The trouble is that explosion in production is bringing to the surface oil that is lighter and more flammable than other types.

Bakken crude was in the 72 runaway train cars that derailed and exploded in Lac Megantic, Quebec last July – killing 47 people and decimating the town’s center.

If a crash like that happened along the Capitol Corridor route through Sacramento,  the new Kings arena could be just one of many city investments destroyed.

And as of right now,  crews forced to respond would have little information about how many rail cars were filled with what.

“For our first responders who are supposed to be taking care of the emergency…it doesn’t help with even less information for them to go on,” said Adams.

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    California Assembly: new safety legislation for emergency readiness

    Repost from The Sacramento Bee, Capitol Alert
    [Editor: for more on Assemblyman Dickinson’s bill, see his press release here.  I am unable to find the bill’s number as of this writing.  The press release concludes with “The bill will be heard by the legislature in the coming months.”  More info via Dickinson’s office: Contact: Taryn Kinney, State Capitol, P.O. Box 942849, Sacramento, CA 94249-0007, Tel: (916) 319-2007, Fax: (916) 319-2107  – RS]

    VIDEO: Dickinson bill seeks crude oil train emergency preparedness

    April 17, 2014  |  VIDEO BELOW: The Sacramento Bee/Dan Smith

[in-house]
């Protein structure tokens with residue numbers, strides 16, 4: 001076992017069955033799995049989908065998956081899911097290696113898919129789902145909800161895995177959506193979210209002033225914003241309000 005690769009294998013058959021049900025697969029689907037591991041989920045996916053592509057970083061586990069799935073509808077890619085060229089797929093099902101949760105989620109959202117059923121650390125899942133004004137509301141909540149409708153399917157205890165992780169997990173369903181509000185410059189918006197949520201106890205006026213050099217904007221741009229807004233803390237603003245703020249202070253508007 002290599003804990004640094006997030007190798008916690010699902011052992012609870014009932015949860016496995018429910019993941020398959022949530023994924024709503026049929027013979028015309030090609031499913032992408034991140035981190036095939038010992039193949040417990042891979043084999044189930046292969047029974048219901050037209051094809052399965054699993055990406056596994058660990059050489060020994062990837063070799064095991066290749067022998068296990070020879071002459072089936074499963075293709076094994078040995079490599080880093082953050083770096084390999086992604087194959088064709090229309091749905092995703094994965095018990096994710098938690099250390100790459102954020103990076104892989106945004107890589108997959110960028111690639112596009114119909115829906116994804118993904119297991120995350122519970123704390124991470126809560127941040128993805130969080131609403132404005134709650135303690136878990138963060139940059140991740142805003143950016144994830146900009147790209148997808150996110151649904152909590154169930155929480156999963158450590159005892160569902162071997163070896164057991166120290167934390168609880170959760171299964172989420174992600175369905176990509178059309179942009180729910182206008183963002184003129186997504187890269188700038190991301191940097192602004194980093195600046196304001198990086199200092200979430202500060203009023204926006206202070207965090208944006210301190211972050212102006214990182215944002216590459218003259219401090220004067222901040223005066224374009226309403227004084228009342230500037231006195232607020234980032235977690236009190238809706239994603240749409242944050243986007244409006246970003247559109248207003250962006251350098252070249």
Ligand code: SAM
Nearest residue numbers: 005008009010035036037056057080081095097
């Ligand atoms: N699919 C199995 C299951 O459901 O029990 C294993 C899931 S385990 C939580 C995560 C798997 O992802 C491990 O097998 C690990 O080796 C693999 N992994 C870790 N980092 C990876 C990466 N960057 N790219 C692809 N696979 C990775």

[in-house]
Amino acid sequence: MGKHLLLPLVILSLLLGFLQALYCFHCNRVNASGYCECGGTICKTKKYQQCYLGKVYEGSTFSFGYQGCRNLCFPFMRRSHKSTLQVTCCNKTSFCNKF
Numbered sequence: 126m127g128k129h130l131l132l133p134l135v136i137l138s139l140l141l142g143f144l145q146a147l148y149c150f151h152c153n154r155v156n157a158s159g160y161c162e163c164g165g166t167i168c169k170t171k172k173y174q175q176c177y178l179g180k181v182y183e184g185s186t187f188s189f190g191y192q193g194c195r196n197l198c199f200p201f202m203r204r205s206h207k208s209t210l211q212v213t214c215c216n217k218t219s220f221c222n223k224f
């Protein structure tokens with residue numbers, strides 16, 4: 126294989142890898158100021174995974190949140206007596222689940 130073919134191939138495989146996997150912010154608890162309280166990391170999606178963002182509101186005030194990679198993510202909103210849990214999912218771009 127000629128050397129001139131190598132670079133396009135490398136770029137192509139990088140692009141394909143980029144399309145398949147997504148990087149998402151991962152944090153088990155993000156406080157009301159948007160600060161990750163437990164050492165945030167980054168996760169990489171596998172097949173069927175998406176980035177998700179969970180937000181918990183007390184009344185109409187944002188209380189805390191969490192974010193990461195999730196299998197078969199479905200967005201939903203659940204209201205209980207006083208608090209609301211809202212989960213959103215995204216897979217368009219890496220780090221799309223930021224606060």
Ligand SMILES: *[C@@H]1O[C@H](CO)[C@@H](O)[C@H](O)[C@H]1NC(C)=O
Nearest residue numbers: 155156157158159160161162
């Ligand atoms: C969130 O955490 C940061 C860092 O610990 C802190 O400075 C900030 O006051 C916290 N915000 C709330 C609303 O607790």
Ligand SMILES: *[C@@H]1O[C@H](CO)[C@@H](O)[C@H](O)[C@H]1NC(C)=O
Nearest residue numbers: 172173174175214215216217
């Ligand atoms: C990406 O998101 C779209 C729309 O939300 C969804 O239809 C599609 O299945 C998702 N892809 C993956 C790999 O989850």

IMG_RB_Crude_Oil_7.JPG_5_1_F420A1K7_L47055198.JPGPointing to the catastrophic derailment in Quebec of a train transporting oil and similar accidents, Assemblyman Roger Dickinson, D-Sacramento, has unveiled legislation to get emergency responders more information about crude-carrying trains that roll through California.

    As the United States reaps the fruits of a domestic energy boom, driven in part by huge volumes natural gas extracted via hydraulic fracturing, the amount of oil transported via rail has grown apace. According to the California Energy Commission, 6.1 million barrels of crude chugged into California on trains in 2013, accounting for 1.1 percent of the amount processed at California refineries.

    “It is safe to say that we’ve all become alarmed with learning about the large increase in certain types of crude oil and oil products that California refineries will be receiving,” Dickinson said during a Thursday news conference at the downtown Sacramento train station.

    Cities have begun raising the alarm about safety hazards, and officials have testified to Congress that most communities are ill-prepared to handle the aftermath of a derailment. In addition to the deadly derailment in Lac-Megantic, Quebec, oil trains have jumped the tracks and ignited in Alabama and  North Dakota.